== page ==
city. The CDA is also responsible for enforcement of the city building
code. No permanent structure can be built within the CDA area without
prior approval of the plan by CDA. The CDA comes under the control and
coordination of the Ministry of Works. The level of coordination with the
City Corporation is more on an ad hoc basis and at an operational level.
Department of Fire Brigade and Civil Defence, controlled by the Ministry
of Home, provides fire fighting and emergency rescue services within the
city areas. The Telephone and Telecommunication Department controlled by
the T&T Ministry provides telecommunication services. A number of
private telephone companies are also serving the area.
of interest The beautiful buildings, mosques
and shrines of Chittagong bear witness to its history from the ancient times
to the present. Most of the old and new buildings of the city are built
on top of low hills and hillocks and also along the valleys and plains.
The massive Court Buildings, which accommodate the Civil Courts, Criminal
Courts and the offices of the Divisional Commissioner, Deputy
Commissioner, and the District and Session Judges, are on top of Fairy
Hill. The top of this hill, offers a panoramic view of the town below.
One can see the Karnafuli River up to its mouth and the Port area along
its bank, the Deang and Banskhali Ranges to the south and the Hill Tracts
to the east. All along the foothills are situated the General Post
Office, the Municipal High School, New Market, and the Chittagong
Development Authority Building. The General Hospital stands on top of the
Rangmahal hill. The Telegraph Office, Divisional Forest Office,
residences of the Divisional Commissioner and the Deputy Commissioner are
situated on top of a hill range known as the Tempest Hills.
is the headquarters of the Eastern Zone of Bangladesh Railway.
Established in 1891 as the Assam Bengal Railway, it later came to be
known as Eastern Bengal Railway and then after 1947 as Pakistan Eastern
Railway. The railway authorities developed the area from the Chittagong
railway station up to Pahartali and the foothills through which the
railway track runs to the north. This area is known as the Railway Colony
and is one of the most attractive localities in the city. Beautiful
bungalows were built on every vantage point on the hills. The Railway
Club, the staff quarters, the General Office of the Railways, the Railway
Hospital, the Pahartali workshop and other institutions are located in
British built the Chittagong Circuit house in 1913 on a beautiful
location in the city. Later it was turned into a palatial building and
used as a temporary residential accommodation for visiting Government
high officials. After the murder of President ziaur rahman on 30 May 1981 in room No 4 of the
Circuit House, the Circuit House was converted into the Zia Smrti
Jadughar (Zia Memorial Museum) and a children amusement park took
place in front of the Museum.
War Cemetery on Badshah Mia Road is another place of historic interest.
It contains the graves of 755 soldiers of the Allied Forces who laid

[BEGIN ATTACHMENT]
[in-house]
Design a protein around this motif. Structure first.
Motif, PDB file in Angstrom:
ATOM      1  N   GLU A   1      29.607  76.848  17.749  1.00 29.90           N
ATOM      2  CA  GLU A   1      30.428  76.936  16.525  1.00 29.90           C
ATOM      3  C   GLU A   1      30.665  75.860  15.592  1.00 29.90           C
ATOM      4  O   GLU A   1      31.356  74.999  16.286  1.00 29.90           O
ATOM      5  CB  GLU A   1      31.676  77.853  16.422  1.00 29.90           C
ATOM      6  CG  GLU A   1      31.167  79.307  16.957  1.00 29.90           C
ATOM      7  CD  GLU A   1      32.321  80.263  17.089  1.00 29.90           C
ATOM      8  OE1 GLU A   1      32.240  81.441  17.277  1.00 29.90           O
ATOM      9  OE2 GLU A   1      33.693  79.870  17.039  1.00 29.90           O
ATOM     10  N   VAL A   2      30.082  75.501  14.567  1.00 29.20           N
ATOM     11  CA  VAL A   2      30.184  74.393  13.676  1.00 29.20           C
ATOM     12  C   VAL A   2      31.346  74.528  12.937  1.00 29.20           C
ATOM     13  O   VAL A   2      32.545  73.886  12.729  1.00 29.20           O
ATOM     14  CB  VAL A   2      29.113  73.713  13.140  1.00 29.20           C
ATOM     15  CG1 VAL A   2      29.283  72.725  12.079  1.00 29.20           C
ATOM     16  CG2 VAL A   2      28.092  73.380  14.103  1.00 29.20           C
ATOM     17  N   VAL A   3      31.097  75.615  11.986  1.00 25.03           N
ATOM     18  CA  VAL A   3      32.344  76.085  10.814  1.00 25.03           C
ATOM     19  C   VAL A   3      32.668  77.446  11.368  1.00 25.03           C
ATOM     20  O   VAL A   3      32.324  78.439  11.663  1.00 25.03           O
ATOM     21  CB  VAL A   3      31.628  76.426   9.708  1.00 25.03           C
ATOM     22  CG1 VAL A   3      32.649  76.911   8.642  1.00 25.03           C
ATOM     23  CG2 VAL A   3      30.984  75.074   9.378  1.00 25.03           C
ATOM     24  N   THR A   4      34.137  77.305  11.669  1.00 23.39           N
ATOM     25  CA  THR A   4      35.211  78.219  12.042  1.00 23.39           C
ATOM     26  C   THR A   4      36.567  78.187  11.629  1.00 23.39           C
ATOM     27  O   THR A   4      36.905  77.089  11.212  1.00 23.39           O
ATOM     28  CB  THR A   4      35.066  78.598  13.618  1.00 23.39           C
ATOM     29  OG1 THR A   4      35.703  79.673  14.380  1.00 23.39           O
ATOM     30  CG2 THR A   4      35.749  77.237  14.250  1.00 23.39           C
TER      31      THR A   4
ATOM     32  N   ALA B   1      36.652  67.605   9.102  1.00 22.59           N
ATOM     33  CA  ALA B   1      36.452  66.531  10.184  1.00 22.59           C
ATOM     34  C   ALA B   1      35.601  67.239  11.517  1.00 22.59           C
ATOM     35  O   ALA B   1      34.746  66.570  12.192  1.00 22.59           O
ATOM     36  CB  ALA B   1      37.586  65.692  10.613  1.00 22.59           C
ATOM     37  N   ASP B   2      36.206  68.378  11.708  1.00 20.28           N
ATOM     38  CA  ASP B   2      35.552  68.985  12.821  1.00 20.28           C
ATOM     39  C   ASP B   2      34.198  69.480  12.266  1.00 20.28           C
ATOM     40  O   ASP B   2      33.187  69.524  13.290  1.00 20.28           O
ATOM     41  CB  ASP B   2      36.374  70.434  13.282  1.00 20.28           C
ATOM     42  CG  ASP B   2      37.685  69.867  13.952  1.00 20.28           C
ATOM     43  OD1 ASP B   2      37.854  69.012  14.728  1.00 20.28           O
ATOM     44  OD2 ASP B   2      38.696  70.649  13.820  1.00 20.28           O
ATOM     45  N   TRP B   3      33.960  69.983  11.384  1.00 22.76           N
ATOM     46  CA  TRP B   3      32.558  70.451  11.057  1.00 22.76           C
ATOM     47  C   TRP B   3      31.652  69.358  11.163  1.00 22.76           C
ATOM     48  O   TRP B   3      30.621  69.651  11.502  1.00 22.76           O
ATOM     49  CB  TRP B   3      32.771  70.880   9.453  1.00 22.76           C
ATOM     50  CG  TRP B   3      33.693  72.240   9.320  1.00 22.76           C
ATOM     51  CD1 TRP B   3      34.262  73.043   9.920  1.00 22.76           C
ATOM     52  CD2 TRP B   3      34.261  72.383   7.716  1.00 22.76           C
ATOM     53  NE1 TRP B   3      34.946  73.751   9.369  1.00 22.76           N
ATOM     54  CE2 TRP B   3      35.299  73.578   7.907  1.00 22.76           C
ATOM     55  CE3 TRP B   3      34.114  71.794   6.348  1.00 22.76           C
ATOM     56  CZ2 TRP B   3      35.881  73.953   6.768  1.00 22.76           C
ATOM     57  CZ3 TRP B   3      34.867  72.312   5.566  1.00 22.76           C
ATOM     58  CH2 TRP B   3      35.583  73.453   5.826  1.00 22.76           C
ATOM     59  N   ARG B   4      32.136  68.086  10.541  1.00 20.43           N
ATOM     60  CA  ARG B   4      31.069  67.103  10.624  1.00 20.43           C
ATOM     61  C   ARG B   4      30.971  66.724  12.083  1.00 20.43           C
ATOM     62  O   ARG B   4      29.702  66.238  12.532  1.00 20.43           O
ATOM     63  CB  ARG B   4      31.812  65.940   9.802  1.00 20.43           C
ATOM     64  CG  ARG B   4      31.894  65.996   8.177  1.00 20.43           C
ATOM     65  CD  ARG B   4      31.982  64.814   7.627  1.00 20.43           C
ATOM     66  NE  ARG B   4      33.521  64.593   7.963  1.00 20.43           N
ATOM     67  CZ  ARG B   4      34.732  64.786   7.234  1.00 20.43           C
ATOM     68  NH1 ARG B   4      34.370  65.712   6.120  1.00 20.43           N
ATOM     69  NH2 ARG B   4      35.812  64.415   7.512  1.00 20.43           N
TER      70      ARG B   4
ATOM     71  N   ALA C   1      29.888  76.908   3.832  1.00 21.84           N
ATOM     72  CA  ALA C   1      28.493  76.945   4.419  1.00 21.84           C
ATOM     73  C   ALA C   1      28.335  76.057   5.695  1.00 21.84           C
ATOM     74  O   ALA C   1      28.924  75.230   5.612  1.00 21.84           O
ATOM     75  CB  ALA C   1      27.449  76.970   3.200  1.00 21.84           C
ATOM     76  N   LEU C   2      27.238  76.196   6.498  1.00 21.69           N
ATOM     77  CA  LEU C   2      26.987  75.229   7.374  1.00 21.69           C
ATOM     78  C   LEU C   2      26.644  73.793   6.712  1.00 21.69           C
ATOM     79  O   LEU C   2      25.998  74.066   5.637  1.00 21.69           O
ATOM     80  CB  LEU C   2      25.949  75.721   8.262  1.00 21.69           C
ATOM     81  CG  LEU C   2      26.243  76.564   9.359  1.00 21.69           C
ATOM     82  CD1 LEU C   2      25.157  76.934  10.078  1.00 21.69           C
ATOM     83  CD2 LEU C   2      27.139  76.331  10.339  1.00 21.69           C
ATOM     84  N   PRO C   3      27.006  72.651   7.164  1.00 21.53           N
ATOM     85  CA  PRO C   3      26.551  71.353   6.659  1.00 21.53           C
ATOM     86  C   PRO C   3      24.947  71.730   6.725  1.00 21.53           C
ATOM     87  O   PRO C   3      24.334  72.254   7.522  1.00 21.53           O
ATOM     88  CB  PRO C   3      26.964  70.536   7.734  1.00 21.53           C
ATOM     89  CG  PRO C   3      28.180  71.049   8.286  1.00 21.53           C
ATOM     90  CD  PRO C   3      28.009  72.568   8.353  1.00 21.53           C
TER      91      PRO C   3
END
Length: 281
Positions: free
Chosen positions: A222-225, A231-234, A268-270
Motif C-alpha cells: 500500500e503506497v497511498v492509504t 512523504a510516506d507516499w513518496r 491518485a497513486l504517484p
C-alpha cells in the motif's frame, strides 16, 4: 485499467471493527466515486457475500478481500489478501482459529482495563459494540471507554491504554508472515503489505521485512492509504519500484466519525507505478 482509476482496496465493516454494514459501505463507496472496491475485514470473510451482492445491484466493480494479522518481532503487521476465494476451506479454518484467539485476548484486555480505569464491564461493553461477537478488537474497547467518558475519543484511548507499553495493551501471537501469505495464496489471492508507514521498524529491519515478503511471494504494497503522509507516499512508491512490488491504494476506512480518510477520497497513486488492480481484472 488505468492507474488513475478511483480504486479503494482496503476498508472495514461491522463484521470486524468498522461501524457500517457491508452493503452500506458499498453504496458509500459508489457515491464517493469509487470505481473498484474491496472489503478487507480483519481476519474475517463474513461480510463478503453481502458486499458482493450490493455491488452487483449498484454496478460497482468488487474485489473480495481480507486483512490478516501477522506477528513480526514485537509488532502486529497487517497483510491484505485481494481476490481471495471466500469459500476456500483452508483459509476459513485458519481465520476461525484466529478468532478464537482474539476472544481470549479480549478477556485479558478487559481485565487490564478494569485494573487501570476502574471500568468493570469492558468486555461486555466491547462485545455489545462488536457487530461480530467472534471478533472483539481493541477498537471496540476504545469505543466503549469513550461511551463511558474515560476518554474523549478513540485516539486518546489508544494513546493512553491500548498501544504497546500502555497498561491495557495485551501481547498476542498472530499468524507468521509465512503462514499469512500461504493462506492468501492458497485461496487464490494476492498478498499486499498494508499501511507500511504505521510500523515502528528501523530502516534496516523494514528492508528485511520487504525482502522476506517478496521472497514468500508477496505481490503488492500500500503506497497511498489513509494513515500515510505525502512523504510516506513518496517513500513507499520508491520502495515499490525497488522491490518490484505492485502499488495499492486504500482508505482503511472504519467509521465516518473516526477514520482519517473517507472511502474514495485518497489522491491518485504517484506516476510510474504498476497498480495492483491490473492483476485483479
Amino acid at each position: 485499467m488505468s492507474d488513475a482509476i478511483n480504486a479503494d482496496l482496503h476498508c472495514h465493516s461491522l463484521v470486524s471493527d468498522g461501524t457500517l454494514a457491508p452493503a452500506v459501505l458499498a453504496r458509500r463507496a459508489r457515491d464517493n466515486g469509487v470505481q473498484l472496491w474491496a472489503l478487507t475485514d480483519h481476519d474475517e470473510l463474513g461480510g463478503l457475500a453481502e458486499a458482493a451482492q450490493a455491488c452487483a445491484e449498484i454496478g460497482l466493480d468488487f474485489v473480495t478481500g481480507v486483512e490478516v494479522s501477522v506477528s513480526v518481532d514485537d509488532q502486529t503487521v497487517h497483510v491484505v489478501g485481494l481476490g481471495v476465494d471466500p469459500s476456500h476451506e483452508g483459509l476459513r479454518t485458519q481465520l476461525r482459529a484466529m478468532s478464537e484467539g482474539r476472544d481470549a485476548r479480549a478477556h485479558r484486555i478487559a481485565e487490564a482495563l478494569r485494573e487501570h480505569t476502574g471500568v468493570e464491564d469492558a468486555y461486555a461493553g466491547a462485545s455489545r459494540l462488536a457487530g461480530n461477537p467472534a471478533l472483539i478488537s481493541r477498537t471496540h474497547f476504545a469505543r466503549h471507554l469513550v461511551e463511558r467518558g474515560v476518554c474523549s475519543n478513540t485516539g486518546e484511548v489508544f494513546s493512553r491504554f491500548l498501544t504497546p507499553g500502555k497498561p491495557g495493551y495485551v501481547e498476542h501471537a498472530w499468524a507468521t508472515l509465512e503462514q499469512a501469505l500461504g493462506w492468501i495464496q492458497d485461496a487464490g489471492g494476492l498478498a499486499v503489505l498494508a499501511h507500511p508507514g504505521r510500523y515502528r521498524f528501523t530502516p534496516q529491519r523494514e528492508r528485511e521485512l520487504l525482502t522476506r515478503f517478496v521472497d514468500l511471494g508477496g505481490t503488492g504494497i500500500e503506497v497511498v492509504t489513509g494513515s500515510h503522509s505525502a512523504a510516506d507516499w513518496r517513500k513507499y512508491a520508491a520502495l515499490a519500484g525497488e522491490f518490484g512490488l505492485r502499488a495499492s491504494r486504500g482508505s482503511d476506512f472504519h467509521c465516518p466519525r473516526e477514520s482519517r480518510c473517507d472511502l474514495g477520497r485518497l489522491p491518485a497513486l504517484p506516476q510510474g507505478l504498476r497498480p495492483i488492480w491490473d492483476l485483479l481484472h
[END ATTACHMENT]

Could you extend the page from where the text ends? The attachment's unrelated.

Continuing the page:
down their lives on the Indo-Burmese front during World War II. Most of
the soldiers buried there were from Australia, Britain, Canada, East
and West Africa, British India and New Zealand. The total area of the cemetery
is eight acres and it is protected and maintained by the Commonwealth
Central Railway Building,
historic fort known as the Andar Killa stood on top of a mound in
the city centre. Describing the fort, Shihabuddin Talish wrote, “In
strength it rivals the rampart of Alexander and its towers (buruj)
are high as the falk-ul-buruj.” Today no trace of the fort remains
except the name, as it was utterly destroyed by the Mughals. A shopping
centre by the name of Andar Killa was once very popular but Reazuddin
Bazar to the west of Kutchery hills and the New Market close by
have robbed it of much of its importance.
famous place for the wholesale and retail trade in the city is Chaktai.
It is actually the old and abandoned bed of the river Karnafuli. Local
merchants bring in their goods by boats and sampans through a
canal that is known as the Chaktai Canal. Most of the offices of the
wealthy businessmen, banks and insurance companies are located there.
and Shrines Chittagong is known as the land
of saints, darwishes and fakirs. Several mosques and
shrines bear testimony to their presence in the city.
revered place in Chittagong is the Dargah or shrine of Hazrat bayazid bostami, a
celebrated saint born in Bostam, Iran in 777 AD. It is a popular belief
that he visited Chittagong. Emperor aurangzeb built
a mosque on the bank of a big tank at the foot of the hillock on which
the shrine stands. The tank contains several hundred tortoises and it is
traditionally believed that the tortoises are the descendants of the evil
spirits whose ancestors, having incurred the wrath of the great saint,
were metamorphosed into tortoises.
Badar Aulia was a great saint and preacher who is said to have spread
Islam in Chittagong. However there is some controversy about the identity
of the saint and he is known by different names in different regions of
Bangladesh. Some of the names he is known by are Badar Alam, Badar Mokam,
Badar Pir and Badar Aulia. According to tradition he drove away evil
spirits by burning a lamp (chati) from which the place took the
name of Chatigram. The hill on top of which